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The Volz Law Blog

Serving Vermont in Family Law, Personal Injury, and LGBT Law.

What Should I Do If I Get Arrested In Vermont? (Part II)

At this point the officer has to consciously choose to either arrest you or get a warrant or take a chance and hope they have enough evidence to proceed without your permission. But remember, you should be polite and respectful the whole time, always addressing them as “officer,” “trooper” or whatever their respectful title is. They typically appreciate this and will address you with similar courtesy.

Do I have to answer the officer’s questions?

Not engaging with them and not consenting to their requests is imperative.  Don’t try to be “nice” by talk to the officer. Everything you say can have a serious impact on your possible defenses.  Vermont defense courts routinely find that the officer proceeded with the defendant’s consent, either searching the car or answering questions or voluntarily being detained. For example, at a traffic stop you might be asked – yes, asked, “Would you get out of the car, please?” Or, “Would you open the trunk?” These are questions, not orders.  Police go to an academy to learn how to get you to do things without them having to get a warrant or having probable cause to proceed, to allow them to fish a little. You have the right to decline that “invitation” and ask the officer to clarify if you are being ordered to get out of the car or open the trunk. Instead ask if you are being ordered to do these things and whether you are free to go.  He or she has to make some pretty important choices at this juncture.  You have just waived a huge red Constitutional Law flag in their face. You, unlike the countless compliant sheep they are used to confronting, are actually (politely) asserting your rights. NO ONE does that. It takes courage. Should the officer tell you to get out of the car, comply while observing that you are doing so under protest and immediately request the assistance of an attorney.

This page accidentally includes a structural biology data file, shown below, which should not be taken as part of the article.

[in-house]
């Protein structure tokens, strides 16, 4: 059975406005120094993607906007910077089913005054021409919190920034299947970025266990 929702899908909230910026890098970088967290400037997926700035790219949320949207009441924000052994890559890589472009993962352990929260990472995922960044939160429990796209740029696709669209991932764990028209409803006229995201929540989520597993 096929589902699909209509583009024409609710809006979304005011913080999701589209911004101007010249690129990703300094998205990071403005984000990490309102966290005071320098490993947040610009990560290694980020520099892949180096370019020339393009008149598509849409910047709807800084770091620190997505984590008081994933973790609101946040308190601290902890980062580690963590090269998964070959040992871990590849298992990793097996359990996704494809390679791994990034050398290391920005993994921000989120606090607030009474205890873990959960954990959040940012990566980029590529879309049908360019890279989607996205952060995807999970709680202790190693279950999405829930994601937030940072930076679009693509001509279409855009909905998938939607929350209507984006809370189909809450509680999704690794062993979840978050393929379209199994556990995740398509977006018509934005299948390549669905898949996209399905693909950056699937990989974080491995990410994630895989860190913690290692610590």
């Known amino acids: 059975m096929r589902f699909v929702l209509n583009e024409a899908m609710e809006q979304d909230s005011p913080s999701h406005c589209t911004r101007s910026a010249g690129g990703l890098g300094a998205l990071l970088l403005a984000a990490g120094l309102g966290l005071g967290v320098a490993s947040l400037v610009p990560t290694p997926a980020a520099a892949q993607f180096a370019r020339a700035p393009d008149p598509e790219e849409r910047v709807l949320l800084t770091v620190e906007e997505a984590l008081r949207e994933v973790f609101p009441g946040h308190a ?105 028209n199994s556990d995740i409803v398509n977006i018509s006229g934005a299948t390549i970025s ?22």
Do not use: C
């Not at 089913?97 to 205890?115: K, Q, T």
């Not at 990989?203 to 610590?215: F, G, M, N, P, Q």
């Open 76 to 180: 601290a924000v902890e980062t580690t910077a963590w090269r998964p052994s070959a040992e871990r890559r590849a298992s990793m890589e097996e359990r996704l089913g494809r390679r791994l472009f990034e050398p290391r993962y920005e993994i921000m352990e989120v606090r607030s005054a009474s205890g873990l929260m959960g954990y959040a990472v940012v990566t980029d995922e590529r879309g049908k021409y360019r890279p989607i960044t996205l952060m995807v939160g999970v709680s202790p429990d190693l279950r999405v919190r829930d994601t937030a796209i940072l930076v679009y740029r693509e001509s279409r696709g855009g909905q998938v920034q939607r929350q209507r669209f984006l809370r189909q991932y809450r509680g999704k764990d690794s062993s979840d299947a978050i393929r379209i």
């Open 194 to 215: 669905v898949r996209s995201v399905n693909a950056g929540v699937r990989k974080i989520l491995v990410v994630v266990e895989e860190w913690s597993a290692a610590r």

Can an officer search my property without my consent?

Depending on the circumstances, unless the officer has probable cause or a reasonable, articulable suspicion that illegal behavior has or is occurring, they must obtain a warrant to proceed. However, if you voluntarily consent to the proceeding they do not need a warrant. By asking now and again (prior to any possible arrest) if you are free to leave, they must continually make a proceed/don’t proceed decision.  The import of this is not lost on them.

If you are have been arrested in Vermont, please contact experienced Vermont attorney, Kevin Volz, at 802.775.0700.

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